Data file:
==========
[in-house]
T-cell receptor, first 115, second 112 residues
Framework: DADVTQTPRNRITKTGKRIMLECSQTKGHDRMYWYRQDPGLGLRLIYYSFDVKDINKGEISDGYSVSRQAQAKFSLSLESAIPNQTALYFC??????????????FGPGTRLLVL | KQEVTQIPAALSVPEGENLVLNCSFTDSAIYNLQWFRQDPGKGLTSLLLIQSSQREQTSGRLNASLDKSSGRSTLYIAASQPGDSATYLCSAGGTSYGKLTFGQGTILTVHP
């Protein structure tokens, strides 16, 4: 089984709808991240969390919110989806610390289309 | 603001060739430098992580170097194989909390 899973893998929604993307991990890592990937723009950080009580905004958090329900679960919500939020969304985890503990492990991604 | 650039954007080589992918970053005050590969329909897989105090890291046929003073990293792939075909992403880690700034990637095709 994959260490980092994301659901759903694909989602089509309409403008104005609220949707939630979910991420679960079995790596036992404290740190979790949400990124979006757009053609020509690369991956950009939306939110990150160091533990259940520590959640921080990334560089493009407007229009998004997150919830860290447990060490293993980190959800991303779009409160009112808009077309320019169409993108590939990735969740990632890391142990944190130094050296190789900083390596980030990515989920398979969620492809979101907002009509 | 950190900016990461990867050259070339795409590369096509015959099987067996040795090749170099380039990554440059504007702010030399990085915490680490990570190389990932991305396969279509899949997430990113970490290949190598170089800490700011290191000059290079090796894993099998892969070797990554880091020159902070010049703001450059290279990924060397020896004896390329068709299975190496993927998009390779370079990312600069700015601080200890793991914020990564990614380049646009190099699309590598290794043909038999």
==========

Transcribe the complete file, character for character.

[in-house]
T-cell receptor, first 115, second 112 residues
Framework: DADVTQTPRNRITKTGKRIMLECSQTKGHDRMYWYRQDPGLGLRLIYYSFDVKDINKGEISDGYSVSRQAQAKFSLSLESAIPNQTALYFC??????????????FGPGTRLLVL | KQEVTQIPAALSVPEGENLVLNCSFTDSAIYNLQWFRQDPGKGLTSLLLIQSSQREQTSGRLNASLDKSSGRSTLYIAASQPGDSATYLCSAGGTSYGKLTFGQGTILTVHP
């Protein structure tokens, strides 16, 4: 089984709808991240969390919110989806610390289309 | 603001060739430098992580170097194989909390 899973893998929604993307991990890592990937723009950080009580905004958090329900679960919500939020969304985890503990492990991604 | 650039954007080589992918970053005050590969329909897989105090890291046929003073990293792939075909992403880690700034990637095709 994959260490980092994301659901759903694909989602089509309409403008104005609220949707939630979910991420679960079995790596036992404290740190979790949400990124979006757009053609020509690369991956950009939306939110990150160091533990259940520590959640921080990334560089493009407007229009998004997150919830860290447990060490293993980190959800991303779009409160009112808009077309320019169409993108590939990735969740990632890391142990944190130094050296190789900083390596980030990515989920398979969620492809979101907002009509 | 950190900016990461990867050259070339795409590369096509015959099987067996040795090749170099380039990554440059504007702010030399990085915490680490990570190389990932991305396969279509899949997430990113970490290949190598170089800490700011290191000059290079090796894993099998892969070797990554880091020159902070010049703001450059290279990924060397020896004896390329068709299975190496993927998009390779370079990312600069700015601080200890793991914020990564990614380049646009190099699309590598290794043909038999």